All Waynflete athletes are welcome to see the athletic trainer prior to practices and games with medical questions or concerns. Middle school and high school athletes are encouraged to seek treatment before discomfort/ injury worsens.
Athletes are welcome to see the athletic trainer for injury evaluation, rehabilitation, acute and chronic injury care, etc. Waynflete provides a certified athletic trainer during practices and games to assist with injury prevention, give immediate treatment at the time injuries occur, and to refer to physicians when needed. The sports medicine team will work with athletes, coaches and parents to prevent injuries and also to return each athlete quickly and safely to sports participation.
Athletes should arrive early for treatment before practices and games. Athletes may seek treatment Monday – Friday after 2:00 p.m. until the last athletic event of the day. Non-school-day treatment times will vary depending on practice times.
Athletic Training Room
Office Number: 207- 774- 7863 x1256
Fax Number: 207-772- 4782
Sports Participation Requirements
Information and Exercises
Reducing ACL Tears and Sprains
Strong lower leg, hip, core musculature may help to prevent an ACL tear. Strength and conditioning along with proper form with sport specific movements, flexibility, agility, and understanding proper landing from a jump may help in preventing a knee injury.
Programs such as Sportsmetrics and FIFA 11+ that are best completed over a 6-week period, 3 days/week for 1–2 hours on non-consecutive days leading up to the season.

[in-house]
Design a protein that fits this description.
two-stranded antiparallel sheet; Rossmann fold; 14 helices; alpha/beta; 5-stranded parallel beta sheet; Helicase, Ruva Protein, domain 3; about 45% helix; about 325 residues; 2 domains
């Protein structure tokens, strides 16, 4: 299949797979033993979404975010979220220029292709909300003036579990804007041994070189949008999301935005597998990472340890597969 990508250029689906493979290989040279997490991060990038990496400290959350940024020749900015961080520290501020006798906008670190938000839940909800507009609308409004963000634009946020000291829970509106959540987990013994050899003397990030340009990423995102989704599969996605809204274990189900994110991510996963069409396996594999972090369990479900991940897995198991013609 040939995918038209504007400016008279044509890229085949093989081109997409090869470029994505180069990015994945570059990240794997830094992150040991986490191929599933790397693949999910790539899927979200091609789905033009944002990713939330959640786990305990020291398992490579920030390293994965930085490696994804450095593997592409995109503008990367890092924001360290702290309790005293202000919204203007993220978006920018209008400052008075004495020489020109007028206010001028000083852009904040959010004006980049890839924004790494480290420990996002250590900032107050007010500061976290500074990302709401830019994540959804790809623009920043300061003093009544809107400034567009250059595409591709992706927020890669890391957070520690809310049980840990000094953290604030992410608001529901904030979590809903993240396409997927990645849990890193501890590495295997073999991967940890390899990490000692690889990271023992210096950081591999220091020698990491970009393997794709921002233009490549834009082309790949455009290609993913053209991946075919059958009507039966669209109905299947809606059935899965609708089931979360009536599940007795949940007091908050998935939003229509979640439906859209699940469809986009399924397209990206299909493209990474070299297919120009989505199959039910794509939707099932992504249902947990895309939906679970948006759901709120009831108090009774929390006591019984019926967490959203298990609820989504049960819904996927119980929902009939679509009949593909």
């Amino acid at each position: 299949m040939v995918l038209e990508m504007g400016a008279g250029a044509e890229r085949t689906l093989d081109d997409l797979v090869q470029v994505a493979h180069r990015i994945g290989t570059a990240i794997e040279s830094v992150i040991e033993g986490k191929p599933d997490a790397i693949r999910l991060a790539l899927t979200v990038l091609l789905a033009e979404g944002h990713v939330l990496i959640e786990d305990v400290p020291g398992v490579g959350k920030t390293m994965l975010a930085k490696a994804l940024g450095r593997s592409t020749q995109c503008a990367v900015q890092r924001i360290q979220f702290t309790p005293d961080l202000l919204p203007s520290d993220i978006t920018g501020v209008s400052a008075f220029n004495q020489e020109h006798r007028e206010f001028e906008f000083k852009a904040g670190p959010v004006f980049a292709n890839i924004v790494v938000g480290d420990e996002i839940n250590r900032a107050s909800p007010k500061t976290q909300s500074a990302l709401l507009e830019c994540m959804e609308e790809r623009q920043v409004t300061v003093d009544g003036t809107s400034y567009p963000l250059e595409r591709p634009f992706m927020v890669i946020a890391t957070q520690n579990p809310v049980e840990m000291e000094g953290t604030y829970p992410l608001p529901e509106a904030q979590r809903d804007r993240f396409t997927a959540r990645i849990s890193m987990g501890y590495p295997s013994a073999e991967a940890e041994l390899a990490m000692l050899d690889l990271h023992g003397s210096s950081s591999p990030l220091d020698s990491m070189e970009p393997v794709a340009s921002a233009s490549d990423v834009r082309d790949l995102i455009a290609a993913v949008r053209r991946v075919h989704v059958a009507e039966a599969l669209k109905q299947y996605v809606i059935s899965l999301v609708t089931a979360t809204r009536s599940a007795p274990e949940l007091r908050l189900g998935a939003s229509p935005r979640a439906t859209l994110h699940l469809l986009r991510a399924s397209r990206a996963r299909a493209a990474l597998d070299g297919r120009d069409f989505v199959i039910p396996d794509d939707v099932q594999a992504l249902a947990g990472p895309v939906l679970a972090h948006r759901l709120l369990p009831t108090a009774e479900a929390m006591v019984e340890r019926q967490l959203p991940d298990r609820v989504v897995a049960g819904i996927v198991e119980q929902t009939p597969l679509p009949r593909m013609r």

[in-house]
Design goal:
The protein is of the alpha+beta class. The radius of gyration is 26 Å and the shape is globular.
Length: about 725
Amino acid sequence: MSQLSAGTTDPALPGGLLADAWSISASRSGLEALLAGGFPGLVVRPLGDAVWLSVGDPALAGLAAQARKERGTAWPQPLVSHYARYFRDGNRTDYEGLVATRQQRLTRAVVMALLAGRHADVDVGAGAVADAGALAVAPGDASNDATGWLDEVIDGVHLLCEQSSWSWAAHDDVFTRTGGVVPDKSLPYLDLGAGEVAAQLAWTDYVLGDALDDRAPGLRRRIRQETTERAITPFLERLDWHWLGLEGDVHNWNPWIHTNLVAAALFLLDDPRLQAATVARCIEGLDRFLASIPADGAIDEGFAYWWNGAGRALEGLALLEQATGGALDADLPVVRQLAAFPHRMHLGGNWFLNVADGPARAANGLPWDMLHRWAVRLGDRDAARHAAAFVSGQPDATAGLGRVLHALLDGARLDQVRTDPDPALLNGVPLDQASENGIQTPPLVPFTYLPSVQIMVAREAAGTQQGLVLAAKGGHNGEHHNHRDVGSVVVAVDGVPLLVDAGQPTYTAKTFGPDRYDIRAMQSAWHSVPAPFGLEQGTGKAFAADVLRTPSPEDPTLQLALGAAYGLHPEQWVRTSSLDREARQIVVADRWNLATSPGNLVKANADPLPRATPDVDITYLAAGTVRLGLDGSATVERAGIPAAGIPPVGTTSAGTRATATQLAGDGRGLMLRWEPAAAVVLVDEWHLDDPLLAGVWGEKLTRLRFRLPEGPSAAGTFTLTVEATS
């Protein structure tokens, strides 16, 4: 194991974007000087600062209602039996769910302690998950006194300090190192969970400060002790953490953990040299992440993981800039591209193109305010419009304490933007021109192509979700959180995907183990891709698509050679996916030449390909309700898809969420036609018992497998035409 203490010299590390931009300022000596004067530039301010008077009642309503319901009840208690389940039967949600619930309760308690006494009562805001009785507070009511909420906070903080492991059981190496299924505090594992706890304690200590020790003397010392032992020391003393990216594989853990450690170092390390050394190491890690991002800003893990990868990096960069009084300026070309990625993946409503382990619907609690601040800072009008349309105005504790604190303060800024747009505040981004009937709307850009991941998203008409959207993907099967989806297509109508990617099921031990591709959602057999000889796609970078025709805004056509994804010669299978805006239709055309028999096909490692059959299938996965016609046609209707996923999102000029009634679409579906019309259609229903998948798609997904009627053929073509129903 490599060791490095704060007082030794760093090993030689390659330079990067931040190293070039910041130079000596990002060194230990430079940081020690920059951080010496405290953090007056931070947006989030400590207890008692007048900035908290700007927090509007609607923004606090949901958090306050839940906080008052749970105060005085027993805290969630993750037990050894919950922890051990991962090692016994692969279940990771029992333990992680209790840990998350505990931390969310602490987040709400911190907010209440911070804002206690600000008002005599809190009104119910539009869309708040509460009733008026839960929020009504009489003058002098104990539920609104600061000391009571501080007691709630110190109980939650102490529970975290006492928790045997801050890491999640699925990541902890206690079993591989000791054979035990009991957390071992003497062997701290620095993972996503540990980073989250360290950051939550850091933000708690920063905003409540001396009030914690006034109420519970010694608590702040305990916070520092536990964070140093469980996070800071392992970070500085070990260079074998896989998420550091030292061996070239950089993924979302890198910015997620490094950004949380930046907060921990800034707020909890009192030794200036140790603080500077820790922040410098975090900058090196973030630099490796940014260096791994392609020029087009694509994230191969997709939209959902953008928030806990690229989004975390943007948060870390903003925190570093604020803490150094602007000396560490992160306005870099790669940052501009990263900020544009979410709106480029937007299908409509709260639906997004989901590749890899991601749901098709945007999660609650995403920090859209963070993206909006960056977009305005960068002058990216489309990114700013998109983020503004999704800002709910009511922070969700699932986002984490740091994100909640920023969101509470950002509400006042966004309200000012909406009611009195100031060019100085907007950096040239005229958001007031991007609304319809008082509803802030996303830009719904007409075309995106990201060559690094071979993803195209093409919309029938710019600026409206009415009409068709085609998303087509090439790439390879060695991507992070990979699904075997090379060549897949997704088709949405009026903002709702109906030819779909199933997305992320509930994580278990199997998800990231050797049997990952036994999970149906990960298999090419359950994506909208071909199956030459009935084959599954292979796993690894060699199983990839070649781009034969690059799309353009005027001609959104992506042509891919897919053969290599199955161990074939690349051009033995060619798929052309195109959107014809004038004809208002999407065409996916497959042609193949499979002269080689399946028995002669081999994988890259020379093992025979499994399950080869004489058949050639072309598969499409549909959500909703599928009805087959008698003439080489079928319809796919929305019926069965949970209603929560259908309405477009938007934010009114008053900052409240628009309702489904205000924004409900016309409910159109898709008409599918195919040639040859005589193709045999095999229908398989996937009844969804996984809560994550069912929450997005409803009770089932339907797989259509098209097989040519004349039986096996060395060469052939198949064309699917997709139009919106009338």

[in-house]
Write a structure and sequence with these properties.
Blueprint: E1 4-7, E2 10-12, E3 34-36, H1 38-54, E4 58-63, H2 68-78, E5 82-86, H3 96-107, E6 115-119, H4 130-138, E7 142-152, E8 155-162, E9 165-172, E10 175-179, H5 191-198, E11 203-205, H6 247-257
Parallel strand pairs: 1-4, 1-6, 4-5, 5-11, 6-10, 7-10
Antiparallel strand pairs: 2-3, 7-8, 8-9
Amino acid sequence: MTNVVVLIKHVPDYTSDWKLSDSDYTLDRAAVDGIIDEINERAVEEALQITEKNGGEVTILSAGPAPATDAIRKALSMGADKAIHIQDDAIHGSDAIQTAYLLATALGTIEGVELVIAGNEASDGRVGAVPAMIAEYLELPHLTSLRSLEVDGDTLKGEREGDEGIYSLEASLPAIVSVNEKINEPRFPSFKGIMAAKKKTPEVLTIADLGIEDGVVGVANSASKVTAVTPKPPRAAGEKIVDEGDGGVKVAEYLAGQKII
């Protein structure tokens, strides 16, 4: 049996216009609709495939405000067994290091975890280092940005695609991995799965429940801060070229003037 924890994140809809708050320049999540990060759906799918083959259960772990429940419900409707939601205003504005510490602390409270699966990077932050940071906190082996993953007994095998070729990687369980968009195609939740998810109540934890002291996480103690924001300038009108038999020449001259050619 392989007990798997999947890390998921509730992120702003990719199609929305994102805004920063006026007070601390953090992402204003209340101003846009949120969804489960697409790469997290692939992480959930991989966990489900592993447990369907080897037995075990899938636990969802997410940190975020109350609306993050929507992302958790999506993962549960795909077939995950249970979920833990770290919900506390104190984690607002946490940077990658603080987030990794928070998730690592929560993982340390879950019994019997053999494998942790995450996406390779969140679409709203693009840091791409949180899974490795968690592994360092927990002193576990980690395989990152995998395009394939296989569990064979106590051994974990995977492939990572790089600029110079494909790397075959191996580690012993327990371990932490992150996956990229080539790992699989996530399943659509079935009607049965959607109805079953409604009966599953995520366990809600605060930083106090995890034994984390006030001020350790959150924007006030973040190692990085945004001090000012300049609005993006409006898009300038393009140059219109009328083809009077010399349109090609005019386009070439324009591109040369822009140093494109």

- Dynamic warm – up
- Jump training progression (feet & knees hip distance apart-quiet landing)
- Strengthening hamstrings, hips, core, lower legs
For more information, please visit Sportsmetrics.org or ask an athletic trainer.
Patellar Femoral Pain Syndrome
PFPS (Patellar femoral pain syndrome) is a condition that is found in children and adolescents from about ages 10 to 16. It occurs most often in children who have grown a significant amount in a short period of time, when the muscles haven’t had sufficient time to catch up to the new length of the bones. They experience pain most often in the patellar tendon below the knee cap. Other causes can be a weak VMO (inner quadriceps muscle), an imbalance between the VMO and other quad muscles, or weak hip muscles.
STRETCH routinely 3–5x/ day during high growth (adolescent years).
Hold stretch with weight through limb when possible. Lacrosse/tennis balls work wonders for mobility. Foam rolling prior and post activity. Hand roller may also help.
Load tendons thoughtfully—feel free to see athletic trainer for more questions and information.
Example of safe tendon loading:
- Sit with back against wall; knees and hips bent at 90 degrees
- Squeeze medicine ball between knees/or complete a corner wall sit for glute medius activation—fun fun!
- Hold position until failure. Repeat 3x/ 2-days